>
> They would be similar to how you write TemplateHaskell in a way, yet
> much easier and more intuitive to use in most cases. I suggest the
> creation of a monadic DSL that allows you to select and match those
> parts of the code you are interested in, perform some case analysis and
> computation to determine how you want to transform it, and then give you
> convenient ways to express your changes in that DSL.
>
> Functions in this DSL would roughly belong to one of the kinds
>     * finding/matching
>     * transforming/rewriting.
>
> I have not thought about how this DSL would exactly look like, but I
> could imagine myself writing a high-level transformation like this:
>
>     is           <- getImports
>     let matching = filter (importsFunction "catch")
>                  . filter (hasModuleName "Prelude")
>     mapM_ (rewrite . removeImportFunction "catch") matching
>
> One of the priority goals of this GSoC project is making this API
> convenient; transformations should read more naturally and be much
> shorter than equivalent TemplateHaskell.
>
> This extensive, convenience oriented monadic DSL should aim to have a
> reasonably large set of functions, and "do things for you" even if you
> could build them yourself with three or four combinators.
> It should base itself on a minimal set of core transformations.
> I think that the Haskell community has a lot of expertise, especially
> from parsing libraries, in creating this core API + convenience
> combinators duo, that could aid the GSoC student to get this right.
>
> Along with this way to specify transformations, a transformation engine
> has to be constructed which can perform them somewhat efficiently over
> large code-bases.
>
> While speed should should not be a main target for this project and
> functionality and expressiveness are the main goals, the transformation
> engine should be designed at least with speed in mind, which can be
> worked on at a later stage outside of the GSoC project.
>
> This second part of the proposal should result in a library to perform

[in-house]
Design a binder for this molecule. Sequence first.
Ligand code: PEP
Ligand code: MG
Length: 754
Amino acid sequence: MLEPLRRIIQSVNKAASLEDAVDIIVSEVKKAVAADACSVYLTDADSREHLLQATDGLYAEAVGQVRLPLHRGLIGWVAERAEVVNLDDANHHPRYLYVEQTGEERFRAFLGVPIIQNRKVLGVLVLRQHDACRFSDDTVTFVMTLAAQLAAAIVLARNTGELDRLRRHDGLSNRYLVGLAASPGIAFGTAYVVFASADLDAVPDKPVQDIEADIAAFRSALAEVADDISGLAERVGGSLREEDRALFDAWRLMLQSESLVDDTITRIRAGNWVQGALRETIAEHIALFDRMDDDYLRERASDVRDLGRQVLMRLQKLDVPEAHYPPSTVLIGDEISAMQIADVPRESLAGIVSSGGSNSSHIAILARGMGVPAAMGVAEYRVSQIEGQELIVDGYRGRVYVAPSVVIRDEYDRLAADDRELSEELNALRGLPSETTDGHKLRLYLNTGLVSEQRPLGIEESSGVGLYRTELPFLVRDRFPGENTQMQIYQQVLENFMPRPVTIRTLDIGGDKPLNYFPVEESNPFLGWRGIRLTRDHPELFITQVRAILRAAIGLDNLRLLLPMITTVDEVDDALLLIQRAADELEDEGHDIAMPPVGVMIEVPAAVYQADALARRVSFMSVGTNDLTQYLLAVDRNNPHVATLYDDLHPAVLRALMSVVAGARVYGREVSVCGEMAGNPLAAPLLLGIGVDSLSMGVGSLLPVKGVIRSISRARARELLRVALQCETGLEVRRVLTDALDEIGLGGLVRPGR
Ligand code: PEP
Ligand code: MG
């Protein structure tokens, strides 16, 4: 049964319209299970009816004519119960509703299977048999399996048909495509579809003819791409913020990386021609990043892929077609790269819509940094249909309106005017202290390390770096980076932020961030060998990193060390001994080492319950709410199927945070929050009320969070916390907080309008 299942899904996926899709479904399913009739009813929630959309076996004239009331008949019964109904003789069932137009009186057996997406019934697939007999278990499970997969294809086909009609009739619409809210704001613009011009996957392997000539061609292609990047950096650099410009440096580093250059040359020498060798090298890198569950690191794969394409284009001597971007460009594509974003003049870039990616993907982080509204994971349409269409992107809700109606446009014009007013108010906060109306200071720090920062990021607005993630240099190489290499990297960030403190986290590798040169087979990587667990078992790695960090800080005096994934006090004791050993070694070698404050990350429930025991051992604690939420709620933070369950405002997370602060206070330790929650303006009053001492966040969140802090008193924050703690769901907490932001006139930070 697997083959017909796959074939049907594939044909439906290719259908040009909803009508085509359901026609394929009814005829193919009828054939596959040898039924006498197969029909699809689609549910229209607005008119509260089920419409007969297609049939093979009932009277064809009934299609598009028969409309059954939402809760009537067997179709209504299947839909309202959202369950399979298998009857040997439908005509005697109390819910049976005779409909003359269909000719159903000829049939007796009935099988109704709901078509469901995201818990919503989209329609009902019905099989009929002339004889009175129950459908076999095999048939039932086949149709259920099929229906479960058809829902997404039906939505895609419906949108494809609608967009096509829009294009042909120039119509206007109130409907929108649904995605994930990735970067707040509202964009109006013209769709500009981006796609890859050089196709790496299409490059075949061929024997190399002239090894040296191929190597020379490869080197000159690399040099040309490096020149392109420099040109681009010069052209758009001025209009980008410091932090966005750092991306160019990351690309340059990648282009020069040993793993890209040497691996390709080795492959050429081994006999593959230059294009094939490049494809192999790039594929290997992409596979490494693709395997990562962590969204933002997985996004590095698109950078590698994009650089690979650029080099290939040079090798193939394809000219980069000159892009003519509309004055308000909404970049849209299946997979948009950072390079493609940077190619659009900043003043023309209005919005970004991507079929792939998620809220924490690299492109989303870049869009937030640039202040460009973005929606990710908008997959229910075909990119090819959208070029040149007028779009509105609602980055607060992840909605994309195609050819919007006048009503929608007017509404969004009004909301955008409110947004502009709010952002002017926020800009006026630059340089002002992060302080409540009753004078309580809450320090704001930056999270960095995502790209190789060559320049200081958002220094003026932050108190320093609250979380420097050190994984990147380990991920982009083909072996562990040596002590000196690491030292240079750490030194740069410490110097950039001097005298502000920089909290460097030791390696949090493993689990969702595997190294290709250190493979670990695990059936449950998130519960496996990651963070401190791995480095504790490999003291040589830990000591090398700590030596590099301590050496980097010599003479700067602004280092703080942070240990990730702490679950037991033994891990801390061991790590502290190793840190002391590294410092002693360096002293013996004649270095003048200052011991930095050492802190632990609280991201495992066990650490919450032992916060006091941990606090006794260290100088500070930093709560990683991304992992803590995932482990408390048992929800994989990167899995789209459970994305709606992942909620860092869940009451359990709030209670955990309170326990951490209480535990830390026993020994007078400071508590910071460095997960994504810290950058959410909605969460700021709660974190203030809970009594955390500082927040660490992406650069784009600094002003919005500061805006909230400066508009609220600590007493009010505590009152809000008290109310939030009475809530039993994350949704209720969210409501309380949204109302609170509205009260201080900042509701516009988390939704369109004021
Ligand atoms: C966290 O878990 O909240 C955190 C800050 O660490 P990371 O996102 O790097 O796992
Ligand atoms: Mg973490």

> transformations and an executable that can apply them to a folder of
> source files.
>
>
> Possible extensions and follow-up projects
> ------------------------------------------
>
> * Interactive refactoring tool
>
> The refactoring tool could be driven by an interactive application that
> lets you write some transformations, apply them to your code base, view
> the diffs and build the project; on build failures or otherwise
> not-complete transformations it would allow to refine your
> transformations, or write custom special cases for selected files, line
> ranges or functions.
> This way you could quickly upgrade your code base in a fast
> write-check-repeat cycle.
>
> * An API upgrade infrastructure
>
> As mentioned above, transformations could be published along with new
> software packages that allow their dependants to easily upgrade their
> code to the latest API version with minimal manual effort.
> An infrastructure or standard way of way of doing this could be established.
> For now, I think that package maintainers would publish their upgrade
> transformations in their projects' or separate code repositories, and
> users would apply them with the refactoring tool as needed.
> I can also imagine a more dedicated infrastructure though, where API
> upgrades are stored on Hackage or a similar database.
>
>
> Summary
> -------
>
> This proposal contains two GSoC projects that I believe to be reasonably
> sized for one summer each.
>
> I think that they make good projects according to GSoC standards as they
> are focused, feasible, and aimed at creating real-world code that bring
> a clearly visible benefit.
>
> The entry barrier is not too high since knowledge of compiler or runtime
> internals is not required. However, applicants should probably have a
> fairly good understanding of parsers and how they are dealt with in
> Haskell, and be somewhat familiar with the Haskell community in order to
> find sources of good feedback and for being able to judge whether the
> tools being created would be convenient for the community to use.
>
>
> Discussion
> ----------
>
> Now I would be glad to get some responses on this proposal; I have
> written a bit of text, but it is still a very rough idea and I would
> love to hear your thoughts about it.
>